Every September, the United Nations observes International Literacy Day. An opportunity to assess our accomplishments and reaffirm our collective commitment to literacy, it recognizes the ability to read and access to education as a fundamental human right that impacts all facets of our society. As students in the US and Europe return to the classroom, we reflect on the way dZi’s Quality Education Program has improved learning spaces in our partner communities and what more needs to be done.
As the COVID-19 pandemic swept across the world, local and national governments explored ways for students to continue their academic progress while protecting their health. In most of Nepal, schools were closed indefinitely. The Nepali Government proposed a remote education model to weather the unprecedented times and administrators worked hard to create remote learning opportunities for students. However, many children in dZi’s mountainous partner communities lacked digital devices and access to the internet or cellphone service. Their educational curriculum might have been available online, but without access to internet, this was too great a barrier for students to overcome. In communities that already struggled to receive enough support for their rural schools, the challenges of inclusivity and equity were made much more pressing by the digital transformation of national education.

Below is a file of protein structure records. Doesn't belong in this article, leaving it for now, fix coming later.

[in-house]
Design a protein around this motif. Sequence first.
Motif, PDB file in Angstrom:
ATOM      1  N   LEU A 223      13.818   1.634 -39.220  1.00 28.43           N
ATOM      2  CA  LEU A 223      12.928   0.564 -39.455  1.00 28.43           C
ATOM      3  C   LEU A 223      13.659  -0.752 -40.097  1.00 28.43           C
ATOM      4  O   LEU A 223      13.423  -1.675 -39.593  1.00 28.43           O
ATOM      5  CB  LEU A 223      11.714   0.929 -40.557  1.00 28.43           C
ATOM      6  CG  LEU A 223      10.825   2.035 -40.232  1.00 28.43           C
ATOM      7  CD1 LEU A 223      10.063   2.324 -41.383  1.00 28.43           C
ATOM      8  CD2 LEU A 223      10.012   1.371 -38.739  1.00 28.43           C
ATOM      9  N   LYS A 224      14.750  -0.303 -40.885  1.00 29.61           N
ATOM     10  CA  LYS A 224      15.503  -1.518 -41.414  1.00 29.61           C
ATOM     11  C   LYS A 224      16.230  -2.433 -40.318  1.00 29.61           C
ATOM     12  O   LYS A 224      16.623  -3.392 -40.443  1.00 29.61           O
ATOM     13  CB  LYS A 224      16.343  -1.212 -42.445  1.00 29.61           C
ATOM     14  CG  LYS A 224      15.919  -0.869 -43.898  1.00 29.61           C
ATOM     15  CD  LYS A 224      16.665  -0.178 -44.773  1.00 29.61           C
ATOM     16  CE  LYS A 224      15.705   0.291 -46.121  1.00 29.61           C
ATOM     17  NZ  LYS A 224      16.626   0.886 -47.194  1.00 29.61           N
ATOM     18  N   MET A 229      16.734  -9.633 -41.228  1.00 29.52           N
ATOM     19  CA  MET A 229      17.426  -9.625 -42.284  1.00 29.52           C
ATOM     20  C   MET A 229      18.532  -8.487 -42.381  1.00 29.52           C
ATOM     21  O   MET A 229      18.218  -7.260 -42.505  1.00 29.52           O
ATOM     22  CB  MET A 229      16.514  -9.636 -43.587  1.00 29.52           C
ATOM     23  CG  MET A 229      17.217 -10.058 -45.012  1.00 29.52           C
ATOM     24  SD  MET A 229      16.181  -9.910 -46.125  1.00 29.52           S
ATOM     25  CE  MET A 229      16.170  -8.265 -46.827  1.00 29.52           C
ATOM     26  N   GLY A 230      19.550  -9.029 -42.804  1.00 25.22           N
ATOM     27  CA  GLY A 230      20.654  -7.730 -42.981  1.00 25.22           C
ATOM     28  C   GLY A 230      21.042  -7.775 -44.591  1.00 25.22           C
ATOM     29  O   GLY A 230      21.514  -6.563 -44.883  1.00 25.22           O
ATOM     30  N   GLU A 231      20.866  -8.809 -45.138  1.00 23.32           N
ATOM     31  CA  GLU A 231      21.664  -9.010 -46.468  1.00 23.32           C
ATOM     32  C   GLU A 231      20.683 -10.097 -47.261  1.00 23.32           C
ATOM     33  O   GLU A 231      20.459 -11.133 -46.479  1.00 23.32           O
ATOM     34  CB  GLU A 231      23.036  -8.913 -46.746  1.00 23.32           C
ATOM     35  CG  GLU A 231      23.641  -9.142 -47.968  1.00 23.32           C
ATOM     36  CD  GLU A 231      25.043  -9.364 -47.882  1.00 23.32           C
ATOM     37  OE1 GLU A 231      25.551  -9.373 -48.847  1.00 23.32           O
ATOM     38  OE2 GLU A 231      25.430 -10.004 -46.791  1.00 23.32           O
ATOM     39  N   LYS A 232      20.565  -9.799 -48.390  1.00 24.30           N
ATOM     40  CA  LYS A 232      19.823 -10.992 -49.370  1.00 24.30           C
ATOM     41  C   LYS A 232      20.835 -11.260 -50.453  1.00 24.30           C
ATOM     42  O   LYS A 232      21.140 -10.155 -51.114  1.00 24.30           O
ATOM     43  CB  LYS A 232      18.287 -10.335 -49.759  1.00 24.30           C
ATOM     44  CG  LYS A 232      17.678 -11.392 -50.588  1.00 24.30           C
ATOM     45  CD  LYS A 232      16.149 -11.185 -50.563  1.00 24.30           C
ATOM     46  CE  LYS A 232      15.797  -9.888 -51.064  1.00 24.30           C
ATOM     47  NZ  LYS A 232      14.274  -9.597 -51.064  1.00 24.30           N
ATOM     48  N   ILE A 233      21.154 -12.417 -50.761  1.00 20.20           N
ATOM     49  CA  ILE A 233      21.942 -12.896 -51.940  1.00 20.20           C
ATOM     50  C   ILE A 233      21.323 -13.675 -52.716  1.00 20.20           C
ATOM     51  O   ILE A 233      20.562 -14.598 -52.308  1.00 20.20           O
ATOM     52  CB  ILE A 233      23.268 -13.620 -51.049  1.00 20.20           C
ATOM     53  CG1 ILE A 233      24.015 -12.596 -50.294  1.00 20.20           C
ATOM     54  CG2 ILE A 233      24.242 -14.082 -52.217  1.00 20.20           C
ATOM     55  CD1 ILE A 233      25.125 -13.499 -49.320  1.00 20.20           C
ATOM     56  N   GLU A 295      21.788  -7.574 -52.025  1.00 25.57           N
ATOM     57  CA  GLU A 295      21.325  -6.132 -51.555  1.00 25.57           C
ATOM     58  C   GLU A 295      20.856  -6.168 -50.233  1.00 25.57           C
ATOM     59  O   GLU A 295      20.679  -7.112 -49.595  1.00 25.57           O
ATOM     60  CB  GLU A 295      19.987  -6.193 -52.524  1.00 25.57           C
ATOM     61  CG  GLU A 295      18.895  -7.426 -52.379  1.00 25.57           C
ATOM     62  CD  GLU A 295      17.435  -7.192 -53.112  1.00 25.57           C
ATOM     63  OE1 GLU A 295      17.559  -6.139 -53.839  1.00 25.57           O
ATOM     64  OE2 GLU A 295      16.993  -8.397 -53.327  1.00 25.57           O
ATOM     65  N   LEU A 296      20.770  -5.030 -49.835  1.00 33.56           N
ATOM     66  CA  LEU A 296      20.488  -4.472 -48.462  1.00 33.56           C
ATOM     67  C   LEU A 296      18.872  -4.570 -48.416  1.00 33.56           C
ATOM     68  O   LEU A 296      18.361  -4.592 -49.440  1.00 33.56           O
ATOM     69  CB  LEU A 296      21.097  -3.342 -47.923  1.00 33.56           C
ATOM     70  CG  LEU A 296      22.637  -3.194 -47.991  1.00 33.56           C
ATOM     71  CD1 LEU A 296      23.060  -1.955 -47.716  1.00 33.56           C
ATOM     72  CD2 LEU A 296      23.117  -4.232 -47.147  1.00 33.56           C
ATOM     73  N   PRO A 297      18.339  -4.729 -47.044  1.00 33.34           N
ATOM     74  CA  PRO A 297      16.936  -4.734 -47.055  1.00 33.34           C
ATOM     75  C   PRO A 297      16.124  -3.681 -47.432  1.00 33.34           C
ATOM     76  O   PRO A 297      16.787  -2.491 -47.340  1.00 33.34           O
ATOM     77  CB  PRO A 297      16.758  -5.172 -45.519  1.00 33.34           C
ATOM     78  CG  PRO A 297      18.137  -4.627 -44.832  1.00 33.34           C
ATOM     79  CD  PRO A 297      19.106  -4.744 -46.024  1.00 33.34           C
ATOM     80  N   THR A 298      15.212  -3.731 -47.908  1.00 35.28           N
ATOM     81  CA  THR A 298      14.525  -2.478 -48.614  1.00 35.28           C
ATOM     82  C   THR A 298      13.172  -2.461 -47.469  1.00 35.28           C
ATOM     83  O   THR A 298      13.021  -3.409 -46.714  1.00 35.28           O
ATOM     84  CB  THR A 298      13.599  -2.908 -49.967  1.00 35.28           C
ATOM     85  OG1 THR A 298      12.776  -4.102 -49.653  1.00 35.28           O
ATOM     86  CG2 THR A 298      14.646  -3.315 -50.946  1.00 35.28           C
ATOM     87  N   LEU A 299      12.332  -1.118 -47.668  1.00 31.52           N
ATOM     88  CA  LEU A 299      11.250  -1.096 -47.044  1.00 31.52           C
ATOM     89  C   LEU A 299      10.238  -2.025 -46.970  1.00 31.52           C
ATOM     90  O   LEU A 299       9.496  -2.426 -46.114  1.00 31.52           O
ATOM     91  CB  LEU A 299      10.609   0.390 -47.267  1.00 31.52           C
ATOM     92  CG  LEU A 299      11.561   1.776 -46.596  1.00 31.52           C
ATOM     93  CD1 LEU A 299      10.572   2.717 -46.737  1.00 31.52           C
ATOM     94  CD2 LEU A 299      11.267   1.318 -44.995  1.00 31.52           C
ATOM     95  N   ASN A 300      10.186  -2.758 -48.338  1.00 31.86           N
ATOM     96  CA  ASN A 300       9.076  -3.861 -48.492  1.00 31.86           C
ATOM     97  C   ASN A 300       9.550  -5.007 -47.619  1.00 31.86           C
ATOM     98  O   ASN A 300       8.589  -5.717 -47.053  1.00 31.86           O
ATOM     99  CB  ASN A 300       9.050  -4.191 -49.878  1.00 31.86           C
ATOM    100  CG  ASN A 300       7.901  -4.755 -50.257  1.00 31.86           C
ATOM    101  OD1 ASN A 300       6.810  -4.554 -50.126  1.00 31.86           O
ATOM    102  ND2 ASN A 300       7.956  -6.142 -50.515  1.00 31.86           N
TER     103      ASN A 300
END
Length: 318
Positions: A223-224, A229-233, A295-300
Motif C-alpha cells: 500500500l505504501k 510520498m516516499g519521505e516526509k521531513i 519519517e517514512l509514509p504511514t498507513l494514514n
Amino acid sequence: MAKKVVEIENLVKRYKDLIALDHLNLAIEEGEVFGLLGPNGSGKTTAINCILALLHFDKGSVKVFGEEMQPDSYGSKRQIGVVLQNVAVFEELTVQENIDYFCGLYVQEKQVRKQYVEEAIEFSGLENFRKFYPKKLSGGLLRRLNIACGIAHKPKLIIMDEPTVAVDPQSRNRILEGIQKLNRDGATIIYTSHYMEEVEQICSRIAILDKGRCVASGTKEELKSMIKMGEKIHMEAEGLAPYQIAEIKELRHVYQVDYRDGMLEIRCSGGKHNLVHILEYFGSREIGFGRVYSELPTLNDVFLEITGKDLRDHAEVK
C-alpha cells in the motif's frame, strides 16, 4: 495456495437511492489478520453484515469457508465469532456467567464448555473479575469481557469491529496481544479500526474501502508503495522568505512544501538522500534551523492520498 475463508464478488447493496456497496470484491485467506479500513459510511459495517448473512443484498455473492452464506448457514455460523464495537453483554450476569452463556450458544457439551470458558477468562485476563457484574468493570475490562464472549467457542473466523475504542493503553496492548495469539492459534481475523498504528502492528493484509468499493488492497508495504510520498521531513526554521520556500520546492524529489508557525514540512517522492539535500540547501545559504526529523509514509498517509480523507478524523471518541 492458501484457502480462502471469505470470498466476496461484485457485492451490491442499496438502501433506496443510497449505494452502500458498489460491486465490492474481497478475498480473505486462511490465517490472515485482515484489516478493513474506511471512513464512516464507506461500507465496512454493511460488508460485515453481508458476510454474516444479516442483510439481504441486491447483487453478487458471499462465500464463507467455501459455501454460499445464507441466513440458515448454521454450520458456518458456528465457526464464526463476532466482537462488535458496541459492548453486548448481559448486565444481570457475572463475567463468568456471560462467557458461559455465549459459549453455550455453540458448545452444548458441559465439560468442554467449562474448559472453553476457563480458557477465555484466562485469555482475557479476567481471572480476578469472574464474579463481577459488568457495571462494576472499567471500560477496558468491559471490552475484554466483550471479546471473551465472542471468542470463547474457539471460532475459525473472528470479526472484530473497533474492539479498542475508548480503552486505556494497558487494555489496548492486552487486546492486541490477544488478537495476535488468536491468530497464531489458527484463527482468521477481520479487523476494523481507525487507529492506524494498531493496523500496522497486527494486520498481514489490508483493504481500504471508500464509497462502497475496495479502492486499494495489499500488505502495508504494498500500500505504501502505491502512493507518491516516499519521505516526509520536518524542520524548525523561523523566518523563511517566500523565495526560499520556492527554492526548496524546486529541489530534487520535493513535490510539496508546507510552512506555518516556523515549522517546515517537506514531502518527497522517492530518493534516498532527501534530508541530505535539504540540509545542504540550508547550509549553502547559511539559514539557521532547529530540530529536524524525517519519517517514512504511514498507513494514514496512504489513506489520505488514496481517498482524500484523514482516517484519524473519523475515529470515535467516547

The abrupt and widespread transition to online learning presents both an opportunity for innovation and the risk of widening the existing gaps in access. With all of this in mind, dZi’s Quality Education Program (QEP) looked at the new educational landscape in our partner communities and how the program could be delivered more equitably and effectively. Staff began by creating the Ideas Fund –an initiative that invited teachers to propose creative solutions that would help students stay academically engaged during the COVID-19 lockdown. As detailed in a previous blog, teacher Binod Dahal developed a program in our partner community of Rakha to engage students in small group learning. But as successful as the Ideas Fund was, it could only serve a limited number of students. It was crucial to take a more holistic approach to rural education and work with local leaders to make their existing learning spaces more effective, engaging, and equitable.
QEP staff began by investing in the student’s early education, where children develop their foundation for learning. Madhu Rai, a teacher at Shishu Secondary School in Maheswori, recently participated in an early childhood development training organized by dZi. From learning how to help students stay engaged during the school day to receiving child-friendly furniture for her classroom, Madhu has seen an increase in student attendance and engagement. Her students are having more fun in class, are more interested in her curriculum, and she feels more confident in her teaching techniques. While an engaging primary school teacher won’t ensure an educated adult, it can help students create a healthier relationship with learning and the self-confidence needed to pursue their personal growth. This is a small but significant step toward a more prosperous community.